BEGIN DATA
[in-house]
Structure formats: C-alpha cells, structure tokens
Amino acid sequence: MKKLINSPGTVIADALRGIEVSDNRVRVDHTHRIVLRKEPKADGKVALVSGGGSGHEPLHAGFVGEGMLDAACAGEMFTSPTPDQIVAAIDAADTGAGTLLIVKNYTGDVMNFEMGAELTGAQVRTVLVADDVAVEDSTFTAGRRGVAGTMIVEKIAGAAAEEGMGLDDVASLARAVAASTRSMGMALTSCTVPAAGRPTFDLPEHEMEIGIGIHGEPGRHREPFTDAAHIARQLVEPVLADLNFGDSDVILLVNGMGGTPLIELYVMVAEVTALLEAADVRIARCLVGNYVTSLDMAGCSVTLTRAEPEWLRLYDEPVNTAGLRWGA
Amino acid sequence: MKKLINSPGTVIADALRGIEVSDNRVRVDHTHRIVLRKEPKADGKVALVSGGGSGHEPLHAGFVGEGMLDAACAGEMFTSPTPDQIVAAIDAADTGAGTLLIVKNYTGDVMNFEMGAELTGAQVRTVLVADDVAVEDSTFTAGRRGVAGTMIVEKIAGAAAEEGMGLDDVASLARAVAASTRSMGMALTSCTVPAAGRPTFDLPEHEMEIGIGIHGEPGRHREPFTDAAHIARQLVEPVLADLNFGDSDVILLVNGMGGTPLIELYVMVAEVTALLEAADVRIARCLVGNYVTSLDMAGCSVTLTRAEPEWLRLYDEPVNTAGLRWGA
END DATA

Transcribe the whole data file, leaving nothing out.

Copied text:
[in-house]
Structure formats: C-alpha cells, structure tokens
Amino acid sequence: MKKLINSPGTVIADALRGIEVSDNRVRVDHTHRIVLRKEPKADGKVALVSGGGSGHEPLHAGFVGEGMLDAACAGEMFTSPTPDQIVAAIDAADTGAGTLLIVKNYTGDVMNFEMGAELTGAQVRTVLVADDVAVEDSTFTAGRRGVAGTMIVEKIAGAAAEEGMGLDDVASLARAVAASTRSMGMALTSCTVPAAGRPTFDLPEHEMEIGIGIHGEPGRHREPFTDAAHIARQLVEPVLADLNFGDSDVILLVNGMGGTPLIELYVMVAEVTALLEAADVRIARCLVGNYVTSLDMAGCSVTLTRAEPEWLRLYDEPVNTAGLRWGA
Amino acid sequence: MKKLINSPGTVIADALRGIEVSDNRVRVDHTHRIVLRKEPKADGKVALVSGGGSGHEPLHAGFVGEGMLDAACAGEMFTSPTPDQIVAAIDAADTGAGTLLIVKNYTGDVMNFEMGAELTGAQVRTVLVADDVAVEDSTFTAGRRGVAGTMIVEKIAGAAAEEGMGLDDVASLARAVAASTRSMGMALTSCTVPAAGRPTFDLPEHEMEIGIGIHGEPGRHREPFTDAAHIARQLVEPVLADLNFGDSDVILLVNGMGGTPLIELYVMVAEVTALLEAADVRIARCLVGNYVTSLDMAGCSVTLTRAEPEWLRLYDEPVNTAGLRWGA